The drums and bass guitar kick in after the four bar intro of the song to create the first verse, giving the song a huge injection of energy and pace. The bass guitar mimicks the electric guitar, making it sound even more dominant and aggressive. The drums are quite straight forward in the verses, with the bass drum accenting the rhythm played on the electric and bass guitars, similarly to This Is A Call by Foo Fighters. The vocals are very short one word lines drawn out over four bars, with a small quick phase to accent the arrival of the chorus. The vocals here are similar to the vocals in Weak and Powerless by A Perfect Circle, with the phrase ‘weak and powerless’ drawn out over four bars in the chorus and with the words ‘over you’ quickly sung to mark the arrival of the verse. Also the words ‘yeah do you get it’ are repeated here with the guitars accenting it, creating a distinct museme.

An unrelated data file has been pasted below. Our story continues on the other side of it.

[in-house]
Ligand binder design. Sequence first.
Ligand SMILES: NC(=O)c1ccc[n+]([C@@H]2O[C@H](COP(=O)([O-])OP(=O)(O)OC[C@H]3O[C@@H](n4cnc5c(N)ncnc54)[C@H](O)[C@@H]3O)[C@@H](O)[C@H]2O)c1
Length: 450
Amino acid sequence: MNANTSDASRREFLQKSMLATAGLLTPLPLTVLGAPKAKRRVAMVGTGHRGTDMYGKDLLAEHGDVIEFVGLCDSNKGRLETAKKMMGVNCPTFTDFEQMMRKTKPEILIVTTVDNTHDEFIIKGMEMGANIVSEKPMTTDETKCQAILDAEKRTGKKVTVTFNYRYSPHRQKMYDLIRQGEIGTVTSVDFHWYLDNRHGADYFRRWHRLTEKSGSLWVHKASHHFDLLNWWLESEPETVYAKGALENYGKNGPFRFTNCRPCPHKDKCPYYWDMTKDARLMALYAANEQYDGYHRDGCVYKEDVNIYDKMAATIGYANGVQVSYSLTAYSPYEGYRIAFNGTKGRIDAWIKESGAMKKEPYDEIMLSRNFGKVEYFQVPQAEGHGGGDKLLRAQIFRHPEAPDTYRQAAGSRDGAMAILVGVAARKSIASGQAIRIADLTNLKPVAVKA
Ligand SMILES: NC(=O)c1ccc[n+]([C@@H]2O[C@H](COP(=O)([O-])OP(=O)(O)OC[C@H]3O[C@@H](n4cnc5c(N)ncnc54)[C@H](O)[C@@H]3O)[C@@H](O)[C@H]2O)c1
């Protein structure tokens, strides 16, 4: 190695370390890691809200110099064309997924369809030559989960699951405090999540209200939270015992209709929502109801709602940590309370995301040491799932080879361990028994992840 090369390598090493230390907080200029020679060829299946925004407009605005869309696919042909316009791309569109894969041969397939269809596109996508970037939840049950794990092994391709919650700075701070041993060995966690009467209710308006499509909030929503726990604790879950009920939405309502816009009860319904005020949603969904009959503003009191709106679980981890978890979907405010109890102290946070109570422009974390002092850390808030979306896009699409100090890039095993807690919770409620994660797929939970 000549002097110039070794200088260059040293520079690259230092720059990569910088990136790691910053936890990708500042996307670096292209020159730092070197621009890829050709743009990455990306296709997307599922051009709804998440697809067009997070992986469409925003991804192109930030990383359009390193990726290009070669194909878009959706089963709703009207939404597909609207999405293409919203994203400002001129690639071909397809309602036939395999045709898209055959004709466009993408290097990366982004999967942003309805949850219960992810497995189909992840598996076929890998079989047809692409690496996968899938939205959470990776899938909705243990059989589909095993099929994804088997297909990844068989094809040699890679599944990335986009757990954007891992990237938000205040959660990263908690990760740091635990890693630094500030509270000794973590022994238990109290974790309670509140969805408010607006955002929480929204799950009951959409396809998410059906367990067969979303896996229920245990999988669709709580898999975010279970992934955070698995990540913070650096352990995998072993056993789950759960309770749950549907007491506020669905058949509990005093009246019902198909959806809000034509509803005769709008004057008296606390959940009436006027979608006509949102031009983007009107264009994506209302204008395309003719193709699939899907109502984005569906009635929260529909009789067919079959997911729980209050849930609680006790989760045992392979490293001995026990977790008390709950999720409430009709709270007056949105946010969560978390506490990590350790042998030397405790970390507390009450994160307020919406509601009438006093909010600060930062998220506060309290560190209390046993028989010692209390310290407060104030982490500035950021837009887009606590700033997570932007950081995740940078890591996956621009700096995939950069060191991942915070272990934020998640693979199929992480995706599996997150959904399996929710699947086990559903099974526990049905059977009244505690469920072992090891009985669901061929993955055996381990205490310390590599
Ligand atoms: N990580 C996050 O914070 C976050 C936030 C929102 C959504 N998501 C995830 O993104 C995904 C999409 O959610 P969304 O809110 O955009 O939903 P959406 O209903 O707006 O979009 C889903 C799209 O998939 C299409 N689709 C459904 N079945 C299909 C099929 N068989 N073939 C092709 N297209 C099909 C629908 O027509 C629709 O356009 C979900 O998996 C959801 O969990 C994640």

In the chorus both guitars play a three chord pattern which accents the vocal melody, making it sound distinctly epic. The drums also play in half-time, adding to this epic feel, and again accenting the vocal melody. This is similar to Tonight, Tonight by the Smashing Pumpkins, with the drums going half time in the chorus to accent the vocal melody, giving the song an epic feel.
    The bridge is the final section that is different and prominant in the song. The drums cut down to rim-shots, and then half way through, after four bars, start playing normal snare hits on every beat, giving the bridge a build and again a dominantly rhythmic texture. And with the arrival of the chorus, the drums drop out completely. This is unexpected and gives the song a very interesting twist, almost tying in with the songs title, which means to not follow the crowd or the norm. The vocals are left alone with the main guitar riff singing the words ‘un…learn….me’, almost in a sinister chromatic rise of pitch before giving a dramatic drum roll to end the song with a chorus repeat.